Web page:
Sobran's: The Real News of the Month, June 1999 — Twenty years ago, I was struck by the way various sorts of political "progressives" — Communists, socialists, liberals, "civil libertarians," "moderates," "pragmatists" — all spontaneously cooperated with each other. It wasn't a conspiracy; there was obviously no central direction. But the pattern was too clear to be denied.
The word "Left" was a dead metaphor; it said nothing interesting about the people it referred to. So I used the metaphor of an insect hive, which captured the way such people moved in harmony and communicated with each other.
In a beehive, the worker bees have many specialties. The hive is organized around the queen bee, but she doesn't have to give the workers their instructions. The bee that finds pollen returns to the hive and flies in figure eights; this tells the others the direction and distance of the pollen, and they go get it. And of course the bees need no orders to attack an enemy.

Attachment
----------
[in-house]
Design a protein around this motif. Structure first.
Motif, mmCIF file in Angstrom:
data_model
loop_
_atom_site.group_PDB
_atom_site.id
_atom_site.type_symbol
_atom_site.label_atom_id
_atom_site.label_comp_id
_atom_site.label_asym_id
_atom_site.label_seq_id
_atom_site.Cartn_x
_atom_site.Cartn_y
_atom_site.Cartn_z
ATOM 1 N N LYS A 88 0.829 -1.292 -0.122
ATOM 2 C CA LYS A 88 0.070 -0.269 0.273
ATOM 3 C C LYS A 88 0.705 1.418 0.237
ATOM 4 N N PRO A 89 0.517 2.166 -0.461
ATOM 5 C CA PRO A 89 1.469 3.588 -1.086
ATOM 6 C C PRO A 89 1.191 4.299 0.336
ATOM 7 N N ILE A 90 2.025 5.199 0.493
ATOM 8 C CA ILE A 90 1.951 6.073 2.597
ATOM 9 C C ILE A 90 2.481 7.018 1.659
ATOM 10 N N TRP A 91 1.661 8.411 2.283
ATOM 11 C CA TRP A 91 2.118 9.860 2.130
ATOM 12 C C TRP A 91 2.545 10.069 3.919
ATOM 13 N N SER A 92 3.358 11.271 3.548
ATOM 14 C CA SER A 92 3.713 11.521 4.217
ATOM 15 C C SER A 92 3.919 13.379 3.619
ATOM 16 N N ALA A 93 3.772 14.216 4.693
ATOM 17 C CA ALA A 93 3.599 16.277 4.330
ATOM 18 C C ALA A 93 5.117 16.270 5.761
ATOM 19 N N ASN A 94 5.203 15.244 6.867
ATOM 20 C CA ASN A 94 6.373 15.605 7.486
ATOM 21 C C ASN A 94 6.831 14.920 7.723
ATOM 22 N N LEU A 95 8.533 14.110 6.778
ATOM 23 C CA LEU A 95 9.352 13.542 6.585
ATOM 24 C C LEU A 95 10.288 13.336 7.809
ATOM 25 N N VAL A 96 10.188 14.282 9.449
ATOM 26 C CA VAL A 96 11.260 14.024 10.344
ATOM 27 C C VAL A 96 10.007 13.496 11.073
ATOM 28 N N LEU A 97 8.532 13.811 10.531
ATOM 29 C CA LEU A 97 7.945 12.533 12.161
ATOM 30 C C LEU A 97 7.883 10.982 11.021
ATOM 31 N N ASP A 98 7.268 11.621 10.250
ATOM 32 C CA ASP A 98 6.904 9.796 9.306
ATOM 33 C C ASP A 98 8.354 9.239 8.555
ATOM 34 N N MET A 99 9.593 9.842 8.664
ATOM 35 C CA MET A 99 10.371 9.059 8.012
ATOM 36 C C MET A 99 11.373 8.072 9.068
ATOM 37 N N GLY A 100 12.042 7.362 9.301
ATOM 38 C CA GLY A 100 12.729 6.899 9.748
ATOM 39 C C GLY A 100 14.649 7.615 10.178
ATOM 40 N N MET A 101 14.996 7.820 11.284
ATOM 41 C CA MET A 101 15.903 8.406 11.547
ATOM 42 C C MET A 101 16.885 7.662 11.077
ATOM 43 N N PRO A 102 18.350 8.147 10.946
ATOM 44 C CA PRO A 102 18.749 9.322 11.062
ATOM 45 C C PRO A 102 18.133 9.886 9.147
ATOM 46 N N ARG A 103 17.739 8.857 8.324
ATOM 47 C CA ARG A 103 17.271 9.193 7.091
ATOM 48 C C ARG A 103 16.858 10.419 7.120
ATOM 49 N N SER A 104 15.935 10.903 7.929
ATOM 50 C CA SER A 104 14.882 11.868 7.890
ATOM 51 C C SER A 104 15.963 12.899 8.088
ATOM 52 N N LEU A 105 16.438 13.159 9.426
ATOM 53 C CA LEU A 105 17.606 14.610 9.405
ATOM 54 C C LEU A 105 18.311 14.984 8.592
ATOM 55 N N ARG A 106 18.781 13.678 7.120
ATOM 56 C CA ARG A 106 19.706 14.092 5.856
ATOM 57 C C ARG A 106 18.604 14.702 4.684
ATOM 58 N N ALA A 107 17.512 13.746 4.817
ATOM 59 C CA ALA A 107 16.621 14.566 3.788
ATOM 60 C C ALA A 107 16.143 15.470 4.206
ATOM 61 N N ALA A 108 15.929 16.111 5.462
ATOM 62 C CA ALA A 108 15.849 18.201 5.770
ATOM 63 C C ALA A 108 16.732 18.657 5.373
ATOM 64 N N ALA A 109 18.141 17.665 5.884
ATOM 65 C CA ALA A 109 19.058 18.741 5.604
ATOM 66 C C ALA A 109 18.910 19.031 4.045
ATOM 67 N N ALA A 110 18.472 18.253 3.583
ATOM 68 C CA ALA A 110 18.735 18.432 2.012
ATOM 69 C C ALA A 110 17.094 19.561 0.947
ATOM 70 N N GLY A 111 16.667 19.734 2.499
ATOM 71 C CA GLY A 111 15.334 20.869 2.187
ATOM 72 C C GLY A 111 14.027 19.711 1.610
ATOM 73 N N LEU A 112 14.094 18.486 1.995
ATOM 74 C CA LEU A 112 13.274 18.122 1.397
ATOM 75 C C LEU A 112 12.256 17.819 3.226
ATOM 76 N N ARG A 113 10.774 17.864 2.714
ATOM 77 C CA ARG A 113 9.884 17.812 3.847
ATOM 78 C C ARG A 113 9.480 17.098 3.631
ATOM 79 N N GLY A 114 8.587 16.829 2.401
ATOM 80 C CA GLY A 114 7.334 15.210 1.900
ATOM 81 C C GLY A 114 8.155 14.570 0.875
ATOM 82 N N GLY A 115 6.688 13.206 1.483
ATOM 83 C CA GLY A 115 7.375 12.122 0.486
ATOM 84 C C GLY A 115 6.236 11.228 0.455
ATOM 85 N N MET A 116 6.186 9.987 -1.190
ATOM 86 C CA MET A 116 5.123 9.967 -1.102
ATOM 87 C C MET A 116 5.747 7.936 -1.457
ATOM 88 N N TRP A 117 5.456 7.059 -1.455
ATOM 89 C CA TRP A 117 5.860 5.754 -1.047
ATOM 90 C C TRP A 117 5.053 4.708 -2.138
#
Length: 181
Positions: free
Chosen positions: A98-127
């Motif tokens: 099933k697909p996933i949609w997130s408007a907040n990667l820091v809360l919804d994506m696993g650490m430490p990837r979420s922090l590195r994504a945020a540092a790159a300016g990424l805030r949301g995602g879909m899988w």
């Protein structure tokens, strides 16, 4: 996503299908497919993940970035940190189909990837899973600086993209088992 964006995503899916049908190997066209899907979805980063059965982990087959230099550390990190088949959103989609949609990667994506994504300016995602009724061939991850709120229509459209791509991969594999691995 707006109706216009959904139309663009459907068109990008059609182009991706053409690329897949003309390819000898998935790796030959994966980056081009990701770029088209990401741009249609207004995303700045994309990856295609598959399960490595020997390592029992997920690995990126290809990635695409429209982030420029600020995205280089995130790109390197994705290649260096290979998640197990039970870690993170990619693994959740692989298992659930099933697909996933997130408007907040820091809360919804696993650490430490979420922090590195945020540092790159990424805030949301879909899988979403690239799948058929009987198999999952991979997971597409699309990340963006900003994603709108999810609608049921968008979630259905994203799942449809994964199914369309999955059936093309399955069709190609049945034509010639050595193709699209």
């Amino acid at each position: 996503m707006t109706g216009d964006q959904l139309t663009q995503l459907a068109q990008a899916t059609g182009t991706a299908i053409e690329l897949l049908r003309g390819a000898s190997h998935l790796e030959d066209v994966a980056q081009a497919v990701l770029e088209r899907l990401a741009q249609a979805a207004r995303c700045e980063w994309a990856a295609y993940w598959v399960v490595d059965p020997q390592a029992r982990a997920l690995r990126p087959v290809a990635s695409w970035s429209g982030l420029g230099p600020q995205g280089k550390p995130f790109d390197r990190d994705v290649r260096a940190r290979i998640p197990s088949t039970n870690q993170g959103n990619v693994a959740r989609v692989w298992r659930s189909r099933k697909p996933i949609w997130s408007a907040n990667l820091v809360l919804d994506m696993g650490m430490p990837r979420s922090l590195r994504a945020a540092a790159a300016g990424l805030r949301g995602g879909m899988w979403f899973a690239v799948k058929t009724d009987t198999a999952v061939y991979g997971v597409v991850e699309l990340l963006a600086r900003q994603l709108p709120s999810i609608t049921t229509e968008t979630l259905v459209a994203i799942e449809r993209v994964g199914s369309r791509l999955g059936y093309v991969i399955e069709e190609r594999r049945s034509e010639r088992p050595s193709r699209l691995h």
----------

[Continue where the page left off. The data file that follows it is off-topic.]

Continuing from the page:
Members of the progressive Hive likewise act on their own instincts and have their own code of communication. They feel free, but they are also predictable. Liberals laugh at conspiracy theories that assume that because there is a pattern there must be some central control; but the fact that there is no central control doesn't mean that there is no pattern.
My Hive metaphor was enriched by an essay by Igor Shafarevich, "Socialism in Our Past and Future," in Solzhenitsyn's collection of dissident writings, From under the Rubble. Shafarevich argues that socialism is not just a modern phenomenon, but a perennial problem of decadent societies. In the name of equality, it tries to destroy the family, private property, and religion — institutions that prevent the state from monopolizing loyalty, wealth, and authority. Since ancient times, socialists (under whatever labels) have favored sexual license — "the community of wives," "free love," "sexual freedom," et cetera. By breaking down bonds of kinship, sexual anarchy reduces the individual to a mere unit of the state.